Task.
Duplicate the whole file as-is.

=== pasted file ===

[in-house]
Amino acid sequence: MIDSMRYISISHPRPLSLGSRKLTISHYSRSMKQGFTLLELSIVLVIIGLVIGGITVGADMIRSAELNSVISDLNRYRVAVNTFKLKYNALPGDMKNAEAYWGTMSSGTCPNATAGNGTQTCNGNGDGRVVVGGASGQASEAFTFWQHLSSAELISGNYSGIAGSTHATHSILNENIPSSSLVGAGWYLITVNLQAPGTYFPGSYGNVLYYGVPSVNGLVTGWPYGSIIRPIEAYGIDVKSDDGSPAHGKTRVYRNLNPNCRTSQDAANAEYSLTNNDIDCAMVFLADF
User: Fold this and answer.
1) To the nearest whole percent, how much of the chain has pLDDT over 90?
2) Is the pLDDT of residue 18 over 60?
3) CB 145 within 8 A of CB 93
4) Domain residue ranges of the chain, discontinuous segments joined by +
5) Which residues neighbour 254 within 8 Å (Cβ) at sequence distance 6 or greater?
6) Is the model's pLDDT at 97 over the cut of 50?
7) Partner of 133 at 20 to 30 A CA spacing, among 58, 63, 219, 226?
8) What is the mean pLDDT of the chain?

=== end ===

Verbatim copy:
[in-house]
Amino acid sequence: MIDSMRYISISHPRPLSLGSRKLTISHYSRSMKQGFTLLELSIVLVIIGLVIGGITVGADMIRSAELNSVISDLNRYRVAVNTFKLKYNALPGDMKNAEAYWGTMSSGTCPNATAGNGTQTCNGNGDGRVVVGGASGQASEAFTFWQHLSSAELISGNYSGIAGSTHATHSILNENIPSSSLVGAGWYLITVNLQAPGTYFPGSYGNVLYYGVPSVNGLVTGWPYGSIIRPIEAYGIDVKSDDGSPAHGKTRVYRNLNPNCRTSQDAANAEYSLTNNDIDCAMVFLADF
User: Fold this and answer.
1) To the nearest whole percent, how much of the chain has pLDDT over 90?
2) Is the pLDDT of residue 18 over 60?
3) CB 145 within 8 A of CB 93
4) Domain residue ranges of the chain, discontinuous segments joined by +
5) Which residues neighbour 254 within 8 Å (Cβ) at sequence distance 6 or greater?
6) Is the model's pLDDT at 97 over the cut of 50?
7) Partner of 133 at 20 to 30 A CA spacing, among 58, 63, 219, 226?
8) What is the mean pLDDT of the chain?